English spelling is complex, but less so if an organised and progressive approach is taken as the English can be made more predictable. This evidenced-based article explains how to make English spelling predictable (Collins, 1983; Dixon, 1991; Graham, 1999). 

With the Jenny Lamond Method, delivered by Easy-Spelling, all of these organising principles are included.


We start this journey of teaching spelling with Method, not Memory.

It is fine for those with an excellent memory to be able to visually see a word and know what it means. It is harder to remember how to spell the word without seeing the word.
Many teachers and educationalists support the teaching of words using ‘visualising-memorisation’ to the detriment of learning to decode, whilst ignoring the importance of phonics. This approach of visual-memorisation informs the weekly word-list text and ignores the systemised structure of English.

We suggest you read our Opinion Piece, The Science of Reading and the Reading Wars as this reflects another level of complication with the teaching of reading and spelling.

(Reed, 2012; Schlagal, 2007; Templeton & Morris, 2000) discussed that spelling is not an exclusive process of rote memorisation. Heald-Taylor (1998) points out, ‘Learning to spell is a complex, intricate cognitive and linguistic process rather than one of pure memorization’.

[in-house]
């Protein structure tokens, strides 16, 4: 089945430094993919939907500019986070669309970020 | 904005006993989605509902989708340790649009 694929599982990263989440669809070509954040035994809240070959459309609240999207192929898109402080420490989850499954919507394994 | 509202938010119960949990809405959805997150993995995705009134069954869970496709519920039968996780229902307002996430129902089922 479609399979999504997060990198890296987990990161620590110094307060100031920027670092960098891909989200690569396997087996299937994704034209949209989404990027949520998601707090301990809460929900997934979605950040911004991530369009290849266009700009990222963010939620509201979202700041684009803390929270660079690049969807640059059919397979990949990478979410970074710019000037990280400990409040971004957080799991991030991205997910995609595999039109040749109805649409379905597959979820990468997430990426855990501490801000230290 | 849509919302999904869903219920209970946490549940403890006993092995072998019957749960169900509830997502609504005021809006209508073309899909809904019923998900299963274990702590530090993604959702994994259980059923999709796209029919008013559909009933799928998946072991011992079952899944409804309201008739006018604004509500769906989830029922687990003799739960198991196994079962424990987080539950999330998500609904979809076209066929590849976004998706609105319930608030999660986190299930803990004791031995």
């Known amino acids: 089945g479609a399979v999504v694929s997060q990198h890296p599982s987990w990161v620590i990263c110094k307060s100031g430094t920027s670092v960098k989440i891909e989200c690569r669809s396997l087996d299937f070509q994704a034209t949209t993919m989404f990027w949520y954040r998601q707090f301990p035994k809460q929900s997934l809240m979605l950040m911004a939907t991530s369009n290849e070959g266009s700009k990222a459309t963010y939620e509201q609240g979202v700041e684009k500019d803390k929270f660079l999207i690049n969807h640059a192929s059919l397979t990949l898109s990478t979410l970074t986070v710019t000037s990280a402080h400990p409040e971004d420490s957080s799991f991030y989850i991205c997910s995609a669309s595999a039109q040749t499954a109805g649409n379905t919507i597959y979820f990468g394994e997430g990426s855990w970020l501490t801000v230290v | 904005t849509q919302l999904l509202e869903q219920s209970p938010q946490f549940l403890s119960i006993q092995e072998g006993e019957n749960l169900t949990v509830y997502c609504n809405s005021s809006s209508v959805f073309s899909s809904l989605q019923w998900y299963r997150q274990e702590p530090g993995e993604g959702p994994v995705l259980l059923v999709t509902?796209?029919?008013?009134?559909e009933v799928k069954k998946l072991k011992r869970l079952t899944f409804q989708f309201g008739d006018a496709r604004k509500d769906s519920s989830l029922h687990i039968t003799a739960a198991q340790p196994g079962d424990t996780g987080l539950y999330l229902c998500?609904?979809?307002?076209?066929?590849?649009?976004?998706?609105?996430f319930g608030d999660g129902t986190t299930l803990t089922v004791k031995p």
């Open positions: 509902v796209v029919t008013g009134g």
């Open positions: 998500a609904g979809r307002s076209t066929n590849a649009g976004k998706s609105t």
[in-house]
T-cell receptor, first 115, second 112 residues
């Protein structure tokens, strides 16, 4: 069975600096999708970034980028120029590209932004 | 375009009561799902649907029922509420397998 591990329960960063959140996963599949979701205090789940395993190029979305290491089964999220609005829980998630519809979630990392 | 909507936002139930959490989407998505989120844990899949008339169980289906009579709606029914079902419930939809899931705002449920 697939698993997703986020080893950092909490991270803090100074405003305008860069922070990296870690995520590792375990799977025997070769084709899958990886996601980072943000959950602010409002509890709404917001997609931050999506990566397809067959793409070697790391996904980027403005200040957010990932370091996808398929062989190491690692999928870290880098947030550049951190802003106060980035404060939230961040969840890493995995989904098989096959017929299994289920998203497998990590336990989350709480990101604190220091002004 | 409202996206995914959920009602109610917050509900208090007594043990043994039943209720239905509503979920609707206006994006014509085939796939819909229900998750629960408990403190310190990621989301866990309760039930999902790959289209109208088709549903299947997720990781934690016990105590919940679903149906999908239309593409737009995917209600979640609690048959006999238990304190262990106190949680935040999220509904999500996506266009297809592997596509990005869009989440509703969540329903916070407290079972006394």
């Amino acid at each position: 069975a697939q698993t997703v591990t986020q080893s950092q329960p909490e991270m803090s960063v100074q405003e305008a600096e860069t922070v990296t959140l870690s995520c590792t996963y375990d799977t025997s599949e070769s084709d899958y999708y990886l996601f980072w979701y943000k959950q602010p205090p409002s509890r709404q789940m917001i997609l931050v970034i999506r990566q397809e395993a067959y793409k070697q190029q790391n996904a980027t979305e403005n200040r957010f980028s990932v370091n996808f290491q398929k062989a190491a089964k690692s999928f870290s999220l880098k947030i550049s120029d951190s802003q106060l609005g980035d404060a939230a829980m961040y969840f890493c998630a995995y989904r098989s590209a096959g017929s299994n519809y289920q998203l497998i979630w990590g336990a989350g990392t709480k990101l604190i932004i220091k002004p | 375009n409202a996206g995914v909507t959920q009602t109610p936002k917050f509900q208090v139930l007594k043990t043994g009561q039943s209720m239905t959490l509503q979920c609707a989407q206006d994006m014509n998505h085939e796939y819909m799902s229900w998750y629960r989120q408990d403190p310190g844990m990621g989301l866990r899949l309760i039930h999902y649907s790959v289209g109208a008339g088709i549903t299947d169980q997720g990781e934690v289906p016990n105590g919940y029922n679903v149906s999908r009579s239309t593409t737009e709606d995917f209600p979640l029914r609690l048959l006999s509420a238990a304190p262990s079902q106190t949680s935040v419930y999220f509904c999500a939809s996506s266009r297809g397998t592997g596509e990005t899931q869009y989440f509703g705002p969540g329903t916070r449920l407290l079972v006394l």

Phonics and sounds
The teaching of spelling is the teaching of phonics, especially in the early years. There is a direct correlation between spelling, phonics, decoding, and encoding.

Although the English alphabet has only 26 letters, there are 40 phonemes, more than 250 graphemes, and a vast number of ways to combine these graphemes (Moats, 2006).

Spelling of words is made possible when the student understands that words are made up of speech sounds and that letters represent these sounds. Research consistently supports that there should be a full grounding in phonic progression, including blends and digraphs. Students need to learn to listen for each sound and to understand the letter combination that makes that sound. This skill, is also a major factor in mastering reading in the early years.

In a meta-analysis that reviewed 1,962 research articles on phonemic awareness, the National Reading Panel (NRP) reported to Congress that teaching phonemic awareness exerts “strong and significant effects” on children’s reading and spelling skills, with those effects lasting well beyond the end of training (National Reading Panel, 2000). Many words in the English language have regular phonemic patterns. Predictable patterns for regular words allow students to spell these words solely based on their letter-sound…